Representation of individual psychology in Kafka's The Trial and Dostoyevsky’s Crime and Punishment

Two of the greatest psychological novels ever written, Fyodor Dostoyevsky’s Crime and Punishment and Franz Kafka’s The Trial delve into the minds of their protagonists in insightful, challenging and groundbreaking ways. Both Rodion Romanovich Raskolnikov’s struggle with the consequences of murder, and Joseph K.’s plea for innocence against a legal system that recognises all accused as guilty, grip the readers’ attention from the outset, for their dramatic suspense, as well as for their psychological complexities.

An exploration into the character of Raskolnikov is a dark one. Plagued by the guilt of his double murder, yet justifying himself nonetheless, the reader witnesses the unravelling of Raskolnikov’s sanity, until he must at last confess. The scenario facing Joseph K. is even more problematic, since he is innocent– or arguably, unaware of his guilt, and faces the impossible task of proving ones innocence against unknown charges. Nevertheless, the psychology of a man defending (and later, questioning) his innocence and that of a man concealing his guilt contain striking parallels.  

The techniques used to represent the psychological struggles faced by both Raskolnikov and K. share many similarities. Both works give insight into the thoughts (both voiced and subconscious) of the men in relation to their guilt, or perceived guilt. One such way that guilt and its perceptions materialise in both novels is through dreams. Indeed, a glaring hole would be present in any novel so concerned with human psychology as these two, should they fail to relate to dreams in any way.

Dreams have long played a significant role within many cultures, yet a truly modern, scientific understanding of dreams was not to emerge until the dawn of the twentieth century, notably in Freud’s publication of Interpretation of Dreams in 1900, directly connecting dreams with the dark subconscious mind. Yet Dostoyevsky seems to precede such groundbreaking psychoanalytical studies, and indeed the narrator directly associates disturbed dreams with the “morbid” and “monstrous”;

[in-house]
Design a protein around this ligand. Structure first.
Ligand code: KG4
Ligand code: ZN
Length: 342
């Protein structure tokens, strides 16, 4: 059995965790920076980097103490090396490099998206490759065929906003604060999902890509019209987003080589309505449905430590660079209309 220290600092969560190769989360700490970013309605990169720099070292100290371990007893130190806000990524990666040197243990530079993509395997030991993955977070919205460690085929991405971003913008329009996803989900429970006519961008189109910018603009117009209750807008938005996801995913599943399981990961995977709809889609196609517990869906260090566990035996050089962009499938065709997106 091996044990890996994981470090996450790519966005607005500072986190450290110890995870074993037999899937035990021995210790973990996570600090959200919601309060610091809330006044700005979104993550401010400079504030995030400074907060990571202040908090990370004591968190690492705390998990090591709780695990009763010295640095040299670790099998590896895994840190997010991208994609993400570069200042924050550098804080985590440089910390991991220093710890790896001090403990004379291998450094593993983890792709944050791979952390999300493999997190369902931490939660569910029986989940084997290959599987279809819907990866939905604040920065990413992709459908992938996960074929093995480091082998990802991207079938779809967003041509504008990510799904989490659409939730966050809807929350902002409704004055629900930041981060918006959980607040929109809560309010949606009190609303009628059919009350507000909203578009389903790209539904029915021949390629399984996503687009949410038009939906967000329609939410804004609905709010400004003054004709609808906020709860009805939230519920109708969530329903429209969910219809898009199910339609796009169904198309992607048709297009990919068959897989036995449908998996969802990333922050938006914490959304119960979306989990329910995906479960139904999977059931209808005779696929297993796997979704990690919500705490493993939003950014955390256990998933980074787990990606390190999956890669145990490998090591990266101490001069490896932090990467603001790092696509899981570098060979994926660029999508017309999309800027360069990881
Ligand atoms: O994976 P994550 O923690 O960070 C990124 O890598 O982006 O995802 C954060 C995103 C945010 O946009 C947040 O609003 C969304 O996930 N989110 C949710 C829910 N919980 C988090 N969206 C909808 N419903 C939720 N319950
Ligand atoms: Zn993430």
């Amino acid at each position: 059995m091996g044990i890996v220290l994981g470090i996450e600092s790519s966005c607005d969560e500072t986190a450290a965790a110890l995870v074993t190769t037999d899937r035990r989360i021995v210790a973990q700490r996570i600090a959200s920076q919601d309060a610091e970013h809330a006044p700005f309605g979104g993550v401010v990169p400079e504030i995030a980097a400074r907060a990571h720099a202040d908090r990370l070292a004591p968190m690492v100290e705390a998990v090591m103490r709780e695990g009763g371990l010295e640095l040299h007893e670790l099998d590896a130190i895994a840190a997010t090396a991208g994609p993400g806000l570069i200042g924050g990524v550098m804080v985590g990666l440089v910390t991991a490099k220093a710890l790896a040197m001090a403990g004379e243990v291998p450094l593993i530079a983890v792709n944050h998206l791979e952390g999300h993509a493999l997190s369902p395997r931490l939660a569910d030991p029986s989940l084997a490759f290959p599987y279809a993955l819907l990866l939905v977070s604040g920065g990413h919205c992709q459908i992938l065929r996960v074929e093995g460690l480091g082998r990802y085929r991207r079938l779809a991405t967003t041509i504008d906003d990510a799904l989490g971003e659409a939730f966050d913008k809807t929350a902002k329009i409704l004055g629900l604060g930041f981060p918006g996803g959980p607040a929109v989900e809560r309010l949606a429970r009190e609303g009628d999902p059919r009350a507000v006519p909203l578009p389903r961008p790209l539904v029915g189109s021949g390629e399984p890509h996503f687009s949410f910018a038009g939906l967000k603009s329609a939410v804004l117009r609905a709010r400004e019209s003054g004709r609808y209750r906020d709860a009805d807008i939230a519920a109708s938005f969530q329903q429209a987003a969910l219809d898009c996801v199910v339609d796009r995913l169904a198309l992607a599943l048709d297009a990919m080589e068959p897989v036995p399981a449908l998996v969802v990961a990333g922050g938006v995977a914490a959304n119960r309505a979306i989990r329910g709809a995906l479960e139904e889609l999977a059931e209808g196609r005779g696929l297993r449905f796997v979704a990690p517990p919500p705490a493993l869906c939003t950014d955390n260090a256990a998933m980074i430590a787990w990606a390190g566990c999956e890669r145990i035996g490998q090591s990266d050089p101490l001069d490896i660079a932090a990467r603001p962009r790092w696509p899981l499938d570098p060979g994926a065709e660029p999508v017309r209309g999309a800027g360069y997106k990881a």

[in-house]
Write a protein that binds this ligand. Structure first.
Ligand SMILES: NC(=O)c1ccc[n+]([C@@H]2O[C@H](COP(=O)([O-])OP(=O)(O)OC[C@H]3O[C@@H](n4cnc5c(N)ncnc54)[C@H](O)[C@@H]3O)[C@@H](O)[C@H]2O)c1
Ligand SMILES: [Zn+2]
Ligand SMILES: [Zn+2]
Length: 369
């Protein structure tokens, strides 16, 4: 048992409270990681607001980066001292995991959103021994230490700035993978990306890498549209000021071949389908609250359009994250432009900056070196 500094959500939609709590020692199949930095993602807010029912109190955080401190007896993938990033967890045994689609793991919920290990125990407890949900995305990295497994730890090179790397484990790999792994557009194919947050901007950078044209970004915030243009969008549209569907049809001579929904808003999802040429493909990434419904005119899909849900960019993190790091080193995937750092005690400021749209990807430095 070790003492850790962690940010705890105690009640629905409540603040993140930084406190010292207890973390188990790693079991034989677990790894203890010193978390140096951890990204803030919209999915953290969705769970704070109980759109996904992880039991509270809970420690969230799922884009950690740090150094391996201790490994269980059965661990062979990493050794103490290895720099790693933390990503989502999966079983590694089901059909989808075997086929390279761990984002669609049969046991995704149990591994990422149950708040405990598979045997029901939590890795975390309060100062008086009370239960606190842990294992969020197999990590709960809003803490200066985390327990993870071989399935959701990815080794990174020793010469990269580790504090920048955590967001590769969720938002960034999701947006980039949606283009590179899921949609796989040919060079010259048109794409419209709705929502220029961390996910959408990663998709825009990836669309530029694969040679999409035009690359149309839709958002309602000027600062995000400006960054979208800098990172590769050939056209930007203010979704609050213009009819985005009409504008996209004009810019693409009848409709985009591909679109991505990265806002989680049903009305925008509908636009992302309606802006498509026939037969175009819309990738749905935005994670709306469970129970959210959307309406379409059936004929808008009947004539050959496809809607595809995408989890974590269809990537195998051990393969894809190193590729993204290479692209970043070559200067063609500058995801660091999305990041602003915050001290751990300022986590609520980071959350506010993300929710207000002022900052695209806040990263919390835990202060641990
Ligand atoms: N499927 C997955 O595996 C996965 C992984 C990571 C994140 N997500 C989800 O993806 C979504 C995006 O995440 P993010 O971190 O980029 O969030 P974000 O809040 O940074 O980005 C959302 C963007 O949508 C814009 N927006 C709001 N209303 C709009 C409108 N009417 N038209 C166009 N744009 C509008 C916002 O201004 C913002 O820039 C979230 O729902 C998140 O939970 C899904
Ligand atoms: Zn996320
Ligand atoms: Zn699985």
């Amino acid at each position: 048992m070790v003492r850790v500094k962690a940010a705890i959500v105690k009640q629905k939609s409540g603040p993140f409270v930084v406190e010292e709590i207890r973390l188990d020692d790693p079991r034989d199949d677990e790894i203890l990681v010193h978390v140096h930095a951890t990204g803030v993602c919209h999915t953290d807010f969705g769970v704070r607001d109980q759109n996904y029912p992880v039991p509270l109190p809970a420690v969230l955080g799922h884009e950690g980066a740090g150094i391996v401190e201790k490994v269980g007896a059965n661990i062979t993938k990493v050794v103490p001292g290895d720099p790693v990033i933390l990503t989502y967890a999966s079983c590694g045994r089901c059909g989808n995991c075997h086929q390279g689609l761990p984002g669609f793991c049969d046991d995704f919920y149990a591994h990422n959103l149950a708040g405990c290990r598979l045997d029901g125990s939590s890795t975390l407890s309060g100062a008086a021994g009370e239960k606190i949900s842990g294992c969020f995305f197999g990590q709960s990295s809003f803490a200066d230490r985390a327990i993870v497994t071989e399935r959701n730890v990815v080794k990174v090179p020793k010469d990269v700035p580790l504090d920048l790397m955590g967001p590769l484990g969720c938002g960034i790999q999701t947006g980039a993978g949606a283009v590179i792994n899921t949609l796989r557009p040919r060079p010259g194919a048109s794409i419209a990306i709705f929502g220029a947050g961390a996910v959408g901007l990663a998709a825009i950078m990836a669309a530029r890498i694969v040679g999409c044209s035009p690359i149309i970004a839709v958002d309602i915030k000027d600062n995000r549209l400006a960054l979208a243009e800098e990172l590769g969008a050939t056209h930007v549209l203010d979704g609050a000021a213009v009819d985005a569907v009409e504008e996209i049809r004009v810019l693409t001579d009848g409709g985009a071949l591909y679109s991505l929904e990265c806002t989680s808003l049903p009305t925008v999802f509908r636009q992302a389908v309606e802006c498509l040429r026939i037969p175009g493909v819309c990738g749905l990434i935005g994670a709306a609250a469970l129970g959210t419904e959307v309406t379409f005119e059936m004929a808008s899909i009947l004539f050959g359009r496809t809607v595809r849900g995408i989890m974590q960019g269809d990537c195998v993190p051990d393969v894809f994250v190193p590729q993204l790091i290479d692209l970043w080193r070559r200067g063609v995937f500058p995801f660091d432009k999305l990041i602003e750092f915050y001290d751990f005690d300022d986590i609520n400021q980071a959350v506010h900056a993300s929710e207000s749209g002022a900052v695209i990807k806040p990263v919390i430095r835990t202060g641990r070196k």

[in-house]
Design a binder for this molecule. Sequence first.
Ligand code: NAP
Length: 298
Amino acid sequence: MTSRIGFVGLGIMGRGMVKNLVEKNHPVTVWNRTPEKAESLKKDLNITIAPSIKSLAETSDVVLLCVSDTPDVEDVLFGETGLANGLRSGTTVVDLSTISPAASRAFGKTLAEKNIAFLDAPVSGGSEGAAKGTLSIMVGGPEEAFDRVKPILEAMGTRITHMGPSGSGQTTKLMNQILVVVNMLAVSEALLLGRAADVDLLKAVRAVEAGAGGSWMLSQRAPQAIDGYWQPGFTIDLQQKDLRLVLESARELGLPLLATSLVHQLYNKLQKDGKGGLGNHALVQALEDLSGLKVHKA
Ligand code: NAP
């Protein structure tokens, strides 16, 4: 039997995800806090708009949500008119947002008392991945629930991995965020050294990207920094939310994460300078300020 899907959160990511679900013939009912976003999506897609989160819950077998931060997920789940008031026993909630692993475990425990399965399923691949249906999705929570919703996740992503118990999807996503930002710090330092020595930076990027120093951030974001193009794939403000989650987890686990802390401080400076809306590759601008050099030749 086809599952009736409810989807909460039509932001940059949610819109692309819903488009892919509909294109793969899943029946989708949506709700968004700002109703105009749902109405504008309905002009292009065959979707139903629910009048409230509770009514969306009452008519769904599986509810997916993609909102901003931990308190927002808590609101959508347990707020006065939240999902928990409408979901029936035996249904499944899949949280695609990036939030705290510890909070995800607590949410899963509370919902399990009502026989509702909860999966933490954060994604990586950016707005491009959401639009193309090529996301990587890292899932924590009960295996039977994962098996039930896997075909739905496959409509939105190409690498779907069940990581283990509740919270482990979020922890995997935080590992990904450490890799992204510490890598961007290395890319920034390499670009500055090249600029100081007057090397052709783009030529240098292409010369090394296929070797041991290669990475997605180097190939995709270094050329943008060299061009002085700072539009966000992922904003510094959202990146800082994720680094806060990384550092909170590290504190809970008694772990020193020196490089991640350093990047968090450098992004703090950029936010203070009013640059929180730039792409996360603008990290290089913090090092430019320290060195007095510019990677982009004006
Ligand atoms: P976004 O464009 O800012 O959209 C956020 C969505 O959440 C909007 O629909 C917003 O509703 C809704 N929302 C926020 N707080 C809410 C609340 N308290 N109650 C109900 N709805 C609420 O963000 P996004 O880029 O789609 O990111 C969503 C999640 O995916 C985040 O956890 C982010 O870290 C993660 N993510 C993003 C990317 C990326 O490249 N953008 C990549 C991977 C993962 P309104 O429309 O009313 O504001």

“In a morbid condition of the brain, dreams often have a singular actuality, vividness, and extraordinary semblance of reality. At times monstrous images are created, but the setting and the whole picture are so truthlike and filled with details so delicate, so unexpectedly, but so artistically consistent, that the dreamer […] could never have invented them in the waking state. Such sick dreams always remain long in the memory and make a powerful impression on the overwrought and deranged nervous system.”[1]

Raskolnikov’s first dream certainly makes a powerful impression; he recalls a memory from childhood, of when he witnessed the flogging, and killing, of a horse. The scene is brutal and graphic, and sets itself beside Raskolnikov’s own violent intentions; the dream can be interpreted as the psychological manifestation of the struggle between the conflicting morality and rationality that Raskolnikov faces in killing Alyona. Many of the characters within the dream sequence represent, or at least mirror, certain elements of Raskolnikov’s mentality. Mikolka, the owner of the horse, represents both Raskolnikov’s malicious and rational tendencies which surface in the murder of Alyona and Lizavetta, while the child Raskolnikov is representative of his compassionate side.